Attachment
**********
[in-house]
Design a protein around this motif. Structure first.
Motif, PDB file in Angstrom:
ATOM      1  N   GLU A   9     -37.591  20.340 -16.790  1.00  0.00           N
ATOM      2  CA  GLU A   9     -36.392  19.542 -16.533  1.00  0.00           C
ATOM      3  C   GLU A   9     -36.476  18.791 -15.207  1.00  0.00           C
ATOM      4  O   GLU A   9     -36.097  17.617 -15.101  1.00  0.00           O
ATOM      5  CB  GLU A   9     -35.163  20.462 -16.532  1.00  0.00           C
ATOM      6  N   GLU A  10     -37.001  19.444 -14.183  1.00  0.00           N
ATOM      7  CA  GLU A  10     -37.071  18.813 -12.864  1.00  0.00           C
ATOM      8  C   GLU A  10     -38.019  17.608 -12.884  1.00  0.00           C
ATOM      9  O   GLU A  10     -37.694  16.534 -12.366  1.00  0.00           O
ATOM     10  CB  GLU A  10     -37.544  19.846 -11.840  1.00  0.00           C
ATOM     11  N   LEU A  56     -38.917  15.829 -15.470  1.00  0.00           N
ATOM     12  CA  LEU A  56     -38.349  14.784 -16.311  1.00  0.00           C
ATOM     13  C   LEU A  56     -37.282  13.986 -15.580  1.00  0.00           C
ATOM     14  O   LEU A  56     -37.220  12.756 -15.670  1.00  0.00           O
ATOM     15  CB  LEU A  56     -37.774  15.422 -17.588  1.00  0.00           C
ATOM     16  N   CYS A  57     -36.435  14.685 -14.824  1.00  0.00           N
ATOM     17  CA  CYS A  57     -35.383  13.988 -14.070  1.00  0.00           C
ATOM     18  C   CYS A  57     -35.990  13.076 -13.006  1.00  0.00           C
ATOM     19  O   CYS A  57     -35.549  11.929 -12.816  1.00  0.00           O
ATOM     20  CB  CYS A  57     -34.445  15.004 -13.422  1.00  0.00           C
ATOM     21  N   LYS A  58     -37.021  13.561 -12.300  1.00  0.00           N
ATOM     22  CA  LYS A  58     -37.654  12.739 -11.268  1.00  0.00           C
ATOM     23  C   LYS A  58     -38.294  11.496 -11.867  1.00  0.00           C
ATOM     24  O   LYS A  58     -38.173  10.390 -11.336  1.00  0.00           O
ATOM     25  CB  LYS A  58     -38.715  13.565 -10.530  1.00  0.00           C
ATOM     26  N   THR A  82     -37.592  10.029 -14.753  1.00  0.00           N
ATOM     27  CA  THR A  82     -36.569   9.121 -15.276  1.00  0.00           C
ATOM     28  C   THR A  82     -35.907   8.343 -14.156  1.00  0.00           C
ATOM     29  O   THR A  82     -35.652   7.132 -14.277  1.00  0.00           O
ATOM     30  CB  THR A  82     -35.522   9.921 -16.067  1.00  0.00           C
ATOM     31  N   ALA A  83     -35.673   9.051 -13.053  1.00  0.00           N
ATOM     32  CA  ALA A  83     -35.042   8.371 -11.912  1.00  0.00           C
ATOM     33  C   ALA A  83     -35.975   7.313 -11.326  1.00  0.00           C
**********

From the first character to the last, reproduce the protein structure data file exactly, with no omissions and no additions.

[in-house]
Design a protein around this motif. Structure first.
Motif, PDB file in Angstrom:
ATOM      1  N   GLU A   9     -37.591  20.340 -16.790  1.00  0.00           N
ATOM      2  CA  GLU A   9     -36.392  19.542 -16.533  1.00  0.00           C
ATOM      3  C   GLU A   9     -36.476  18.791 -15.207  1.00  0.00           C
ATOM      4  O   GLU A   9     -36.097  17.617 -15.101  1.00  0.00           O
ATOM      5  CB  GLU A   9     -35.163  20.462 -16.532  1.00  0.00           C
ATOM      6  N   GLU A  10     -37.001  19.444 -14.183  1.00  0.00           N
ATOM      7  CA  GLU A  10     -37.071  18.813 -12.864  1.00  0.00           C
ATOM      8  C   GLU A  10     -38.019  17.608 -12.884  1.00  0.00           C
ATOM      9  O   GLU A  10     -37.694  16.534 -12.366  1.00  0.00           O
ATOM     10  CB  GLU A  10     -37.544  19.846 -11.840  1.00  0.00           C
ATOM     11  N   LEU A  56     -38.917  15.829 -15.470  1.00  0.00           N
ATOM     12  CA  LEU A  56     -38.349  14.784 -16.311  1.00  0.00           C
ATOM     13  C   LEU A  56     -37.282  13.986 -15.580  1.00  0.00           C
ATOM     14  O   LEU A  56     -37.220  12.756 -15.670  1.00  0.00           O
ATOM     15  CB  LEU A  56     -37.774  15.422 -17.588  1.00  0.00           C
ATOM     16  N   CYS A  57     -36.435  14.685 -14.824  1.00  0.00           N
ATOM     17  CA  CYS A  57     -35.383  13.988 -14.070  1.00  0.00           C
ATOM     18  C   CYS A  57     -35.990  13.076 -13.006  1.00  0.00           C
ATOM     19  O   CYS A  57     -35.549  11.929 -12.816  1.00  0.00           O
ATOM     20  CB  CYS A  57     -34.445  15.004 -13.422  1.00  0.00           C
ATOM     21  N   LYS A  58     -37.021  13.561 -12.300  1.00  0.00           N
ATOM     22  CA  LYS A  58     -37.654  12.739 -11.268  1.00  0.00           C
ATOM     23  C   LYS A  58     -38.294  11.496 -11.867  1.00  0.00           C
ATOM     24  O   LYS A  58     -38.173  10.390 -11.336  1.00  0.00           O
ATOM     25  CB  LYS A  58     -38.715  13.565 -10.530  1.00  0.00           C
ATOM     26  N   THR A  82     -37.592  10.029 -14.753  1.00  0.00           N
ATOM     27  CA  THR A  82     -36.569   9.121 -15.276  1.00  0.00           C
ATOM     28  C   THR A  82     -35.907   8.343 -14.156  1.00  0.00           C
ATOM     29  O   THR A  82     -35.652   7.132 -14.277  1.00  0.00           O
ATOM     30  CB  THR A  82     -35.522   9.921 -16.067  1.00  0.00           C
ATOM     31  N   ALA A  83     -35.673   9.051 -13.053  1.00  0.00           N
ATOM     32  CA  ALA A  83     -35.042   8.371 -11.912  1.00  0.00           C
ATOM     33  C   ALA A  83     -35.975   7.313 -11.326  1.00  0.00           C